It’s a strangely sectionalized park. There are bunches of playgrounds where kids jump and run on the jungle gyms, and there’s a dog walking park, and there’s a place where bands play. These are all pretty normal things to find at a park. But then there’s also the chessboard tables: these have chess players at them, but also, apparently, addicts of most known drugs. Particularly there were two women who, in the bizarre way their body fat hung, appeared to be melting before my eyes. They had rasps for voices. One of them asked me to take out the circles of tin that had fallen into her cans of tuna. I did, and I also watched some chess in progress, but I was too distracted to follow it, let alone ask one of the nice-looking old men if he’d care to clobber me in a game, so I kept walking around the park. For all its reputation, though, it’s a surprisingly small park—you can easily see from one side to the other—and I had exhausted what I could do there, so I went back to Michael’s apartment.
While I was staying there, I got lots of work done on my latest font, Walleye. This one’s been tricky to make, for obscure reasons that would be hard to explain. They have to do with the unusual mix I’ve got going on of straight lines and curves. But it’s turning out really well, I think; the trickiness mainly just makes me glad I waited until I had some experience with Bézier curves (the mathematical curves that make up each letter) to start this font. I’ve had to do some weird stuff with these curves. I also read a little while I was there, including the weird and spectacular If on a winter’s night a traveler (which is about you trying to read If on a winter’s night a traveler, but every time you get to the exciting part the book gets cut off by something and turns out to have been the wrong book anyhow). And I ate some pizza, ramen, and some too-expensive ice cream.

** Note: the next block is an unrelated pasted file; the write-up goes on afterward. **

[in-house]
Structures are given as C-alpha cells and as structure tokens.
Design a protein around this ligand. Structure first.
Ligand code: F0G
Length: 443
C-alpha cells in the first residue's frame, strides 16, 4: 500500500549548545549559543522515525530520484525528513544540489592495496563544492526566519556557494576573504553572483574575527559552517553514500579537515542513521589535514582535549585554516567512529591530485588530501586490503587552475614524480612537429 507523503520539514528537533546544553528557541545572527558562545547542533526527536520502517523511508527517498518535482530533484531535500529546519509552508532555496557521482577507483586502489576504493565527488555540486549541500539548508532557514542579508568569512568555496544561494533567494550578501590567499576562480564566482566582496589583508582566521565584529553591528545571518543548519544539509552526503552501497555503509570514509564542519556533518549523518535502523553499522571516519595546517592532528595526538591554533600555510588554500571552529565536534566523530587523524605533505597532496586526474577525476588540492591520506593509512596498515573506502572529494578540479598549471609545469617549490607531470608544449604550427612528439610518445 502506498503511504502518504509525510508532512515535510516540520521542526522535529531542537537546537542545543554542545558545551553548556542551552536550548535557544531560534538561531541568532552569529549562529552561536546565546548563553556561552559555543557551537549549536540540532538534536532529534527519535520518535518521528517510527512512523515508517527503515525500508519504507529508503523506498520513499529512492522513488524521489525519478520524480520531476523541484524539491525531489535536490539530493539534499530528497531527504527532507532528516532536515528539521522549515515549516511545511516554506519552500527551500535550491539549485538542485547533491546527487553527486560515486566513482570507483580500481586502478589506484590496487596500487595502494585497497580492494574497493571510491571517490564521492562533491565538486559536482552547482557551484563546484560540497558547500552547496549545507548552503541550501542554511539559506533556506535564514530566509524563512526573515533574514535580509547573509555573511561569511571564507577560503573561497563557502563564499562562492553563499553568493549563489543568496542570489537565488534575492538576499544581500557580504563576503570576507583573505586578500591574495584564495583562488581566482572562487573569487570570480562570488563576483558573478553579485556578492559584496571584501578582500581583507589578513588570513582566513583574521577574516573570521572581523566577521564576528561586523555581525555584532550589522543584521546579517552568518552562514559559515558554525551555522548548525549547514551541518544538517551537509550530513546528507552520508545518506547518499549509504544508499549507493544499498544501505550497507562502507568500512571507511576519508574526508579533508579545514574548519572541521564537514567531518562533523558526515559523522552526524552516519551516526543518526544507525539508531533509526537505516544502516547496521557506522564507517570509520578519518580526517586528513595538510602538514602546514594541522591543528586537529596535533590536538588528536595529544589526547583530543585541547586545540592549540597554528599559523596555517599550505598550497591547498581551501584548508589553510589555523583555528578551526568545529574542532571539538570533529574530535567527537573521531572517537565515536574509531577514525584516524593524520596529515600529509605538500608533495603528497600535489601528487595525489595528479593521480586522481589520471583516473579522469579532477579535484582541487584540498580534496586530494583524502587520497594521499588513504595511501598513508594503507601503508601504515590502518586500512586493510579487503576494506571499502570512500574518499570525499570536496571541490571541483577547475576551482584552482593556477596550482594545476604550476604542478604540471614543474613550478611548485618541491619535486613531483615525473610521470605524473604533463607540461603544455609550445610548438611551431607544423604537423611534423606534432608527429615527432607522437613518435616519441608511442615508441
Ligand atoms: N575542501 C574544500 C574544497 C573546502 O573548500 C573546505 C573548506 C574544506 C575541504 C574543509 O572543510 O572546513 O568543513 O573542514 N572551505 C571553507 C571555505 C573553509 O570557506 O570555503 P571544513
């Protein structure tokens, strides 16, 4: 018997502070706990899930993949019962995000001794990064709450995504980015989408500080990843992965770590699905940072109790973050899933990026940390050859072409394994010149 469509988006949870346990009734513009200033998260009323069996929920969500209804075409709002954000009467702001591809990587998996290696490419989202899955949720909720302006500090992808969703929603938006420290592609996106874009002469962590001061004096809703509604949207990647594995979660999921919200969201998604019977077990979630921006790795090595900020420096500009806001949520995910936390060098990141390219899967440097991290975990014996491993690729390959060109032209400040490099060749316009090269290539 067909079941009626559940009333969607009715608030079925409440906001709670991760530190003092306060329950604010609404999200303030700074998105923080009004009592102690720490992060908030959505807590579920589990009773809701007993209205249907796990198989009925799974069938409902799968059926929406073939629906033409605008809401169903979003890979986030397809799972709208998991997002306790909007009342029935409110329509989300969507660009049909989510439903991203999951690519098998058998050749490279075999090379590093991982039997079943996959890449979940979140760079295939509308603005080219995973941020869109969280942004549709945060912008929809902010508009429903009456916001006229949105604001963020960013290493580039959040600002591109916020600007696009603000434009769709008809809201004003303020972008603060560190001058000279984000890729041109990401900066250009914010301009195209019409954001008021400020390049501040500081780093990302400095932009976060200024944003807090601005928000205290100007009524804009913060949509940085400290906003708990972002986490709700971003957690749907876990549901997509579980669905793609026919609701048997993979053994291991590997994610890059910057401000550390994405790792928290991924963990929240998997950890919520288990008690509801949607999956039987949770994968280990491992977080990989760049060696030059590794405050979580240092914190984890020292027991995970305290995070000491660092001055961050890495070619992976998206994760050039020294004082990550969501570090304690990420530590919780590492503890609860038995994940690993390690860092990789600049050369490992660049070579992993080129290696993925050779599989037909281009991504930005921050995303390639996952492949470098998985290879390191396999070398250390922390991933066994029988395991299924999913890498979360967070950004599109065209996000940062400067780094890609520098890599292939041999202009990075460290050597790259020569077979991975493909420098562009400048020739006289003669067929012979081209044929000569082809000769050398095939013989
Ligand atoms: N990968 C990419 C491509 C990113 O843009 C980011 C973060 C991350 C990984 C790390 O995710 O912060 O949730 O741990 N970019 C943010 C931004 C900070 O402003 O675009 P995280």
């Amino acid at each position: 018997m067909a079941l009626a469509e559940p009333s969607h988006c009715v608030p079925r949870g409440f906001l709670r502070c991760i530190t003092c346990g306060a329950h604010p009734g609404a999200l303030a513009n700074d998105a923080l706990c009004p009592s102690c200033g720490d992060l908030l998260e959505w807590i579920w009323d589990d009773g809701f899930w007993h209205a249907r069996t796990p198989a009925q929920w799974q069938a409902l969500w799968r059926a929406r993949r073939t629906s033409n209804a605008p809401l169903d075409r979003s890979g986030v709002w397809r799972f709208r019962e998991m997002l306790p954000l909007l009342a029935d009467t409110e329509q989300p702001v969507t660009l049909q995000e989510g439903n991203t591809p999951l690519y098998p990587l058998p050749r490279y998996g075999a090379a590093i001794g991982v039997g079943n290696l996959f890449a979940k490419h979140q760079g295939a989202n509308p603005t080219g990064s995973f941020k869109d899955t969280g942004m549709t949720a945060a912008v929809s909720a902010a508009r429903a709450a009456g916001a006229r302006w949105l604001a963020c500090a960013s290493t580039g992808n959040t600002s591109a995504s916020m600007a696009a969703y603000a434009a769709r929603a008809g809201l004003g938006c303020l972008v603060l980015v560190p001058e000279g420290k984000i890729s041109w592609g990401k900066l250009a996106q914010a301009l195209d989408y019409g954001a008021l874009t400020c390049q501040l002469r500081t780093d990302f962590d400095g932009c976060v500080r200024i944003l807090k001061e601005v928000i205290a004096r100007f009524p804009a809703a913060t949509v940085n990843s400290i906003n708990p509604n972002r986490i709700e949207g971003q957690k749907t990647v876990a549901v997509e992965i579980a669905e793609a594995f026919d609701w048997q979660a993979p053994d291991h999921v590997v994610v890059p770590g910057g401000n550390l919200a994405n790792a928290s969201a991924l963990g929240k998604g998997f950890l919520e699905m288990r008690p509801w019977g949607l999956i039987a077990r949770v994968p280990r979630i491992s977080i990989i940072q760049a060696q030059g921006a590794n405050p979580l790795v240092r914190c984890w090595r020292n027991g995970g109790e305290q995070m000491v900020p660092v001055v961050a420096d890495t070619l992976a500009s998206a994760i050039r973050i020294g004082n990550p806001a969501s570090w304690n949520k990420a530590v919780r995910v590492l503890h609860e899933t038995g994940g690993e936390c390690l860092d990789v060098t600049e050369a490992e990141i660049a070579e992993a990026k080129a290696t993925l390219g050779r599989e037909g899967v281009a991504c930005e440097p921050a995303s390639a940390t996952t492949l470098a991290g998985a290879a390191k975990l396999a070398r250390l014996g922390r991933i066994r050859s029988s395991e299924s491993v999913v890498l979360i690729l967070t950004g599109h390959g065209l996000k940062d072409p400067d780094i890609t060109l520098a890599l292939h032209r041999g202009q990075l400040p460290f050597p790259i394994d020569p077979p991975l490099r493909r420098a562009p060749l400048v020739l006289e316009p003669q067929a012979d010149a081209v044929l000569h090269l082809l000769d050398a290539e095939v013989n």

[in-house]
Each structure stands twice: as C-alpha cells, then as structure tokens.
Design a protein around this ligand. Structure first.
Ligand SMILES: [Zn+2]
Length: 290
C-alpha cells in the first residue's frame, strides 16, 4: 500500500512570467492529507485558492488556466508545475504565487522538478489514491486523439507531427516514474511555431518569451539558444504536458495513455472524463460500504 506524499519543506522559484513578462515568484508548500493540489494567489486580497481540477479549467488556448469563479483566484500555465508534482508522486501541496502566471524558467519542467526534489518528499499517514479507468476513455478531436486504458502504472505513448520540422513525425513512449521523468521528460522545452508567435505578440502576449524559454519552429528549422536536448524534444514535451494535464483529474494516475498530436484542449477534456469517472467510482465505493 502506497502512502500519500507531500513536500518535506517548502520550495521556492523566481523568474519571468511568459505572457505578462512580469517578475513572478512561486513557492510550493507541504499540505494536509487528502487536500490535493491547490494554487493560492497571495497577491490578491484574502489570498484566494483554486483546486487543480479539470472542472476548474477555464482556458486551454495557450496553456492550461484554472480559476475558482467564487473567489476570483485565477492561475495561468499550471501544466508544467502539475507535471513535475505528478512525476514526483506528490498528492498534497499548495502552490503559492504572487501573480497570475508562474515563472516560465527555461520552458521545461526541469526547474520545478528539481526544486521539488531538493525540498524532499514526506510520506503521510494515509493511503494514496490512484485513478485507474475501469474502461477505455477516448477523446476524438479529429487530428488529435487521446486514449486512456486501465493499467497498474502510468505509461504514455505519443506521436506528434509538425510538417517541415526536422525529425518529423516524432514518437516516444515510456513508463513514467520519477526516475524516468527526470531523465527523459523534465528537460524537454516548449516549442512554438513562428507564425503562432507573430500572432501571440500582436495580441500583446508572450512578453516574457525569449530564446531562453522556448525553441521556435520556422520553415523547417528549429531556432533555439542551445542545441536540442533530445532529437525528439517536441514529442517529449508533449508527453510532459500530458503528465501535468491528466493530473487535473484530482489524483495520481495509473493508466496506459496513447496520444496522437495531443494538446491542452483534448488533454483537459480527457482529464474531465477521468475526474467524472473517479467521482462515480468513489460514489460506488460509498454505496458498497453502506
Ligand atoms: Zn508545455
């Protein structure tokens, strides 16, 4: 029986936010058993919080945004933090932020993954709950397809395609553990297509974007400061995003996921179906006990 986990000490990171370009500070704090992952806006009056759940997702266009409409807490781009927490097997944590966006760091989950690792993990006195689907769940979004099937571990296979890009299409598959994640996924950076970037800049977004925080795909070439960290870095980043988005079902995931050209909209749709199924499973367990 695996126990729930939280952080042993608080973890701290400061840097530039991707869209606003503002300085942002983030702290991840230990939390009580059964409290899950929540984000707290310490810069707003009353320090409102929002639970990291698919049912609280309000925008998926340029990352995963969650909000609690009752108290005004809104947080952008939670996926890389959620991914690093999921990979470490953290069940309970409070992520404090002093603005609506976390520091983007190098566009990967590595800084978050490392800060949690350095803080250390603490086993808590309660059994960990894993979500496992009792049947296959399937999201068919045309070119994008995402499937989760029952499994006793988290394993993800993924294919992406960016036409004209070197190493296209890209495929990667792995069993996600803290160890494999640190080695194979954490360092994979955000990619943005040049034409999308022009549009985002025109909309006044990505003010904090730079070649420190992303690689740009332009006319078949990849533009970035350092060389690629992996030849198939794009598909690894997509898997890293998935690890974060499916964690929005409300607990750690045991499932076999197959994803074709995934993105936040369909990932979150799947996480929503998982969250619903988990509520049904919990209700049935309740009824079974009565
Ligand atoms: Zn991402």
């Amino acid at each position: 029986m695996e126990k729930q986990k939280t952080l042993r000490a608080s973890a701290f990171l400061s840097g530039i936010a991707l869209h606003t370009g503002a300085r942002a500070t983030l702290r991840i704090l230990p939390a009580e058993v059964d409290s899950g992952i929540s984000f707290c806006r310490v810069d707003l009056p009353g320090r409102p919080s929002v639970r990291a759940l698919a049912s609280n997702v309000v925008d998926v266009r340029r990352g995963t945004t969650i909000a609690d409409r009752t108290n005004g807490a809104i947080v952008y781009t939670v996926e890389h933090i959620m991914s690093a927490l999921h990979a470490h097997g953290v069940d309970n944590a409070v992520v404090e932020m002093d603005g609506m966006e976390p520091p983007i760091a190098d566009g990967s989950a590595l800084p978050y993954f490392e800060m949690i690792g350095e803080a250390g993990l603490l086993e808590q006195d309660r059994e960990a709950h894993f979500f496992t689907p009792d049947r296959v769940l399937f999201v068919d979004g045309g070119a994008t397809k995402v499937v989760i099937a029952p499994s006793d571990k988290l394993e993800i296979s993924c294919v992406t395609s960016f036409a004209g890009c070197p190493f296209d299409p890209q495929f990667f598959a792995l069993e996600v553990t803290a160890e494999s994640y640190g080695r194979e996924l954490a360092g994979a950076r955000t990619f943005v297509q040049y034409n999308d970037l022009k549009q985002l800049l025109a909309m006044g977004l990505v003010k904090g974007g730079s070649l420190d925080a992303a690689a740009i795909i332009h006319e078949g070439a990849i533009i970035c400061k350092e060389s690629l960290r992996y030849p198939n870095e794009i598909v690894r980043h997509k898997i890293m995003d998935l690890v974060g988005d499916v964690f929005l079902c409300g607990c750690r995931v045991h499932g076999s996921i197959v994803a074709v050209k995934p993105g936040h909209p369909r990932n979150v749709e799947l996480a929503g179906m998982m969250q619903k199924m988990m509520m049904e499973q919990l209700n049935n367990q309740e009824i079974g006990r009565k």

Then, today, I packed up everything I have in the city, except a bottle of sesame sauce that I forgot, and took the subway back to Park Slope to start cat-sitting. This apartment is about five times as roomy as Michael’s and Marilyn Monroe doesn’t peep at me in the bathroom, but all the same I’ll still miss the East Village. I feel like I never really even got to know it, in some ways. But, since Michael’s not disappearing, and I’ll be staying with Darwin’s mom again after I’m done here, I’ll probably end up going back there at some point. So maybe I’ll get to know it yet.